Nigerian oil and gas industry experts have urged the federal government to improve the investment climate to attract needed investment in the upstream sub-sector amid lagging crude oil production.
PUNCH cited a report by the Organization of the Petroleum Exporting Countries which found that Nigeria’s average daily production fell 9.28 percent from 1.40 million barrels in June to 1.27 million barrels in June. August, while the average daily July production was 1.39 million barrels.
Petroleum Resources Department Director / CEO Sarki Auwalu said in August that marginal field licensees were a critical part of FG’s plan to increase Nigeria’s oil reserves to $ 50 billion. barrels.
He said operators would help Nigeria increase production to four million barrels per day by 2022.
However, information gathered by our correspondent revealed that most of the marginal field licensees were still struggling to find land towards the end of 2021. Olakunle Dosunmu, Senior Director of Sales and Marketing at Geoplex Drillteq Limited, told our correspondent on the phone that the marginal fields would still take a long time to produce results.
He said: “Many of those who received the fields have not been able to pay their signing bonuses and some who have paid have not been able to get the right investment to develop them.
“It is achievable but it will take time. I don’t think we’ll get a lot of barrels from marginal field operators in 2022. ”
Olakunle said the country, despite its desire for local content, would need significant foreign investment to develop the necessary infrastructure in the oil and gas sector.
He said: “Looking at the environment in which we find ourselves now, some of the foreign investors need a level of proof to secure their investment because with the insecurity in the South-South and the North-East, when people think in Nigeria, most people cannot differentiate North East from South South or South West.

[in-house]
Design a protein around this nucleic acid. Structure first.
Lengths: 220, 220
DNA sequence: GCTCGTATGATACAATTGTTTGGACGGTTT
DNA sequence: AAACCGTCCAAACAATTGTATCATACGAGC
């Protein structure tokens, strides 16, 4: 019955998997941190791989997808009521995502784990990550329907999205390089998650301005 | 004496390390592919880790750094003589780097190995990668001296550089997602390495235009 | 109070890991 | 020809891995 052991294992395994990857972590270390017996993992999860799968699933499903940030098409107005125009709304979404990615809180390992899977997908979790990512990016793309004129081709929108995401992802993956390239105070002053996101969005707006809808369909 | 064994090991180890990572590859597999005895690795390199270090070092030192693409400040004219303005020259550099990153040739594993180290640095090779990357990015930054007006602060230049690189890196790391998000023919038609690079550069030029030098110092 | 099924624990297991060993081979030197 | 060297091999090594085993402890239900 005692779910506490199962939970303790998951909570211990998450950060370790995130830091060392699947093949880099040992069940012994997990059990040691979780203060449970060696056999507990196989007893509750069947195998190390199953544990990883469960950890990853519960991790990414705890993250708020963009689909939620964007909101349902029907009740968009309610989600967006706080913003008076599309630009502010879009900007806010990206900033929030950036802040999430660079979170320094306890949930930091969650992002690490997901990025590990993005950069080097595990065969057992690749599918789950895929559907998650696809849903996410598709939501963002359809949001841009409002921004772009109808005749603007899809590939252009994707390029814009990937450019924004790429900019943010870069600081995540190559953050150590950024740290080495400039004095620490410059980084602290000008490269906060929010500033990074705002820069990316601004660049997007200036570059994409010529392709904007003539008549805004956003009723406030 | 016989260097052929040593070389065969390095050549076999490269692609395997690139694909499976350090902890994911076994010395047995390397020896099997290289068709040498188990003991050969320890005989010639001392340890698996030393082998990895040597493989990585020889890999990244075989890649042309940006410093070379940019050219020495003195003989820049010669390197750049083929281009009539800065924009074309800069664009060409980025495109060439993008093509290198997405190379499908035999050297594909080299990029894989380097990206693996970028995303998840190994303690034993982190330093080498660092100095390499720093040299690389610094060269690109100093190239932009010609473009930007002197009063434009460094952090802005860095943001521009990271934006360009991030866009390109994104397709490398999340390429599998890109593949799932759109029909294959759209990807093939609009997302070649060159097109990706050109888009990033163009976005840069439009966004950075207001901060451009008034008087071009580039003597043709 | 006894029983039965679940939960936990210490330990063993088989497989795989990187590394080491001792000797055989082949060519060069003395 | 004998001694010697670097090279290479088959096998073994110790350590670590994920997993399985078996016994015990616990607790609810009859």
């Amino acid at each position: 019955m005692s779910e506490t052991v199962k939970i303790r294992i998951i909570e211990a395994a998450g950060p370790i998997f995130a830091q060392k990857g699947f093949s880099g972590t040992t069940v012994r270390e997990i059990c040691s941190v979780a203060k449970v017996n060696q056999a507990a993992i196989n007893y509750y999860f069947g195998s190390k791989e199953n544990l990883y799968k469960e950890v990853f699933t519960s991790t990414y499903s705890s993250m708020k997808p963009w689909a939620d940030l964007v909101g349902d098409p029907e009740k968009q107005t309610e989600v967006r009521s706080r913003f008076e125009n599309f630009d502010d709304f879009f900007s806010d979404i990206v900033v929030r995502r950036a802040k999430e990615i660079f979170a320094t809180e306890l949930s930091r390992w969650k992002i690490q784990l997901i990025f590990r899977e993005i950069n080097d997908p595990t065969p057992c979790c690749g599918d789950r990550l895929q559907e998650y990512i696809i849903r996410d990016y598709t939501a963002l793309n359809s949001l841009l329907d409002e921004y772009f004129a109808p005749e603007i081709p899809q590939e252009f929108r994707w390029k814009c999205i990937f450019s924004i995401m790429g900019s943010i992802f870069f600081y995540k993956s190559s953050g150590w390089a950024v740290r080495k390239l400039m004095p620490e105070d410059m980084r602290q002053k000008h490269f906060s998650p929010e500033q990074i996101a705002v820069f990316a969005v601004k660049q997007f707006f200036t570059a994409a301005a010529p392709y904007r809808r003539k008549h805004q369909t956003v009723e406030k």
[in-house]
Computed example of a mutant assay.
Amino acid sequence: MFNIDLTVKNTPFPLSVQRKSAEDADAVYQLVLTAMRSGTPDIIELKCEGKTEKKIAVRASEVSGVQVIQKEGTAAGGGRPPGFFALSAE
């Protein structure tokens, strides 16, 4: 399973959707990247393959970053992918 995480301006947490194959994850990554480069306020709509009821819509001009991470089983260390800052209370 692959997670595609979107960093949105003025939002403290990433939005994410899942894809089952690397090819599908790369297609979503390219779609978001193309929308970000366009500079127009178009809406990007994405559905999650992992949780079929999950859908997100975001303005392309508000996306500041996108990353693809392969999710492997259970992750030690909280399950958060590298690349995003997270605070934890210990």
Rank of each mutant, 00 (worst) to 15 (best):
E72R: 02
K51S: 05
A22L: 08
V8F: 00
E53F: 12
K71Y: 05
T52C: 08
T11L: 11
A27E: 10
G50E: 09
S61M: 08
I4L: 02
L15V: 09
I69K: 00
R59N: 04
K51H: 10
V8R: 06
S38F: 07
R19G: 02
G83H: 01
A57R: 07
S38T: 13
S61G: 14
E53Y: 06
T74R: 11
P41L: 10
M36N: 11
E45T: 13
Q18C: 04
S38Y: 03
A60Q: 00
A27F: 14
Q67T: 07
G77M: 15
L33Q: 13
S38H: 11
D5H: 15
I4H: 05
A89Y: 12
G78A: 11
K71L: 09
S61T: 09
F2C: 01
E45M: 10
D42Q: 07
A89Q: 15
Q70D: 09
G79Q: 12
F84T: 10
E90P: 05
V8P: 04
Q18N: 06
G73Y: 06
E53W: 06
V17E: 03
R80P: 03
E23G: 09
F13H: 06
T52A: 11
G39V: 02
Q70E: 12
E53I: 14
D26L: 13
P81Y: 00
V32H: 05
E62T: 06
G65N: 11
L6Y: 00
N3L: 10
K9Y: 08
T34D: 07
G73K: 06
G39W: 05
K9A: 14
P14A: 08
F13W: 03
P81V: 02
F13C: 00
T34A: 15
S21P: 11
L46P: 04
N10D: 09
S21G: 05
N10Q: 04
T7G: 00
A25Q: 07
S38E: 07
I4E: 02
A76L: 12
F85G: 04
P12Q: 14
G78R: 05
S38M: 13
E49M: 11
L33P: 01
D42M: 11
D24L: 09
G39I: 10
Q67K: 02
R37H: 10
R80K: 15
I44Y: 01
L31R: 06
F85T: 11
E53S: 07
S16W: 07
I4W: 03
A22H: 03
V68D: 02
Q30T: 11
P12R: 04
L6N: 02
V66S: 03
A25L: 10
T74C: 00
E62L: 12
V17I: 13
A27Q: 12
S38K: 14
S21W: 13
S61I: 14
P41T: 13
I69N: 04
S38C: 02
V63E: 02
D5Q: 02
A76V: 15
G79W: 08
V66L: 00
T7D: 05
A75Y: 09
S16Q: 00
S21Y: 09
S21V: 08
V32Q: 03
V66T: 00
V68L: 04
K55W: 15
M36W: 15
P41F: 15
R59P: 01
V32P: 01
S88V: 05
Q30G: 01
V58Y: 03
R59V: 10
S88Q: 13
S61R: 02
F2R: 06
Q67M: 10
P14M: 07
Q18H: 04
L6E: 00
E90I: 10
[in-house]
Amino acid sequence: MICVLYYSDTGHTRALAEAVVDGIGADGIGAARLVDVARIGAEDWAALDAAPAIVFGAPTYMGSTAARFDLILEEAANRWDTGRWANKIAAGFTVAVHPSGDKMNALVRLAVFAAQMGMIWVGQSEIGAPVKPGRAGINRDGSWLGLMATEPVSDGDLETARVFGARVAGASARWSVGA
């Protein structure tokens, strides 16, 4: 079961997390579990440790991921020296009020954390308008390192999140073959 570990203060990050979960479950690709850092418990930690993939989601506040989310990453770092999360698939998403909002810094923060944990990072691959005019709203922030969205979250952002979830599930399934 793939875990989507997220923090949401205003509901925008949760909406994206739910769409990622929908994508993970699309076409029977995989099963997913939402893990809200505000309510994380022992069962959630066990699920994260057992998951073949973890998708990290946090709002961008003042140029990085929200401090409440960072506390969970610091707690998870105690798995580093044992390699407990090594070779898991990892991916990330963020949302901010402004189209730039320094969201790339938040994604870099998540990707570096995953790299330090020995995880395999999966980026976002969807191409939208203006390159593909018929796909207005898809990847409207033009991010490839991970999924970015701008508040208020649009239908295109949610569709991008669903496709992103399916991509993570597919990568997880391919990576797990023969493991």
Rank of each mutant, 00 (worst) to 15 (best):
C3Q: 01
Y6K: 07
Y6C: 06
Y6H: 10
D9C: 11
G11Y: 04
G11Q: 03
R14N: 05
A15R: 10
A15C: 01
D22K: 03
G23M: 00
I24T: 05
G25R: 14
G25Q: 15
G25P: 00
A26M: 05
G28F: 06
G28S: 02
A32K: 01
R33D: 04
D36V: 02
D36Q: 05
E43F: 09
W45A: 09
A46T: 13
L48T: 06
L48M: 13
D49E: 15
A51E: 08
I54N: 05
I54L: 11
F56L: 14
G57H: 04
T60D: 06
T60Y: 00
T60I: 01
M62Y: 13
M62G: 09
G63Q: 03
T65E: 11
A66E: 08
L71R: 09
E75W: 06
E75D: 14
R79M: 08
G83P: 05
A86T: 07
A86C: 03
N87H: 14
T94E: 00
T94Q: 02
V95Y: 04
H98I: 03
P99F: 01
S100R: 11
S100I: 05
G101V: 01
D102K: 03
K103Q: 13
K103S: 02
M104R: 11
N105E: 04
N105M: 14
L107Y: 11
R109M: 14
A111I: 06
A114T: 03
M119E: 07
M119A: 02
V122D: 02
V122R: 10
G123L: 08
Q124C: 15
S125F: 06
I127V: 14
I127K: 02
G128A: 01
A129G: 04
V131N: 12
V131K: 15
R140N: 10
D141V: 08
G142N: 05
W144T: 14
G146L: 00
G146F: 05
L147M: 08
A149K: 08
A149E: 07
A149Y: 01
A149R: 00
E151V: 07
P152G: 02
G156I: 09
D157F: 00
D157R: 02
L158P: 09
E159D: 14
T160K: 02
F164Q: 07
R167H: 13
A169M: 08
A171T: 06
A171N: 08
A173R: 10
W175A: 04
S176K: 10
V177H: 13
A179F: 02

“So the overall image must improve to attract foreign investment to bring us to the level we want. ”
The international benchmark for crude oil, Brent, traded down 1.61% to $ 81.23 a barrel at 3:43 p.m. Nigerian time on Wednesday.
Oil prices topped $ 80 on September 28 after OPEC and its allies refused to increase production even as the world faced a shortage of supply of the product.
This raised fears of a risk of fiscal strain on FG, as subsidy payments would rise with rising oil prices pushing up the cost of landing imported oil products, while the country would lose a crucial boost to oil revenues due to delay in production.
An associate director and oil and gas analyst at PwC Nigeria, Temitope Yusuff, said that regardless of the level of production, the rise in crude prices was positive for the country.
She said higher crude prices mean higher incomes in regular situations.
Yusuff added, “However, in terms of maximizing our revenue, we would have been better off with a higher level of production. Now, as we know, all things are not equal.
“As government revenues increase due to rising prices, as our highest imports are subsidized petroleum products, there is a related cost element through petroleum subsidies.
“Higher production just doesn’t happen like that. This requires investments to increase production levels.
“As the Oil Industry Law has been pending for so long and with the level of security concerns in Nigeria, investors are not investing money in Nigeria’s oil and gas industry.”
She said many final investment decisions were delayed for a very long time due to the delay in passing the law, but the final passage was a step in the right direction.
She said the government needs to fix security as this will help improve the local investment climate.
The director general of the Center for the Promotion of Private Enterprise, Dr Muda Yusuf, said if Nigeria fails to increase its production levels, the implications for the economy will be dire.
He said: “Rising crude oil prices present a great opportunity to stabilize our macroeconomic environment.
Therefore, the output factor has become more critical than ever.
“We have a serious liquidity crisis in the foreign exchange market because there is a huge backlog of unmet demand. As current demands cannot be net, this results in spillovers to the parallel market. ”
Yusuf advised the government to spare no effort to ensure optimal production is restored.
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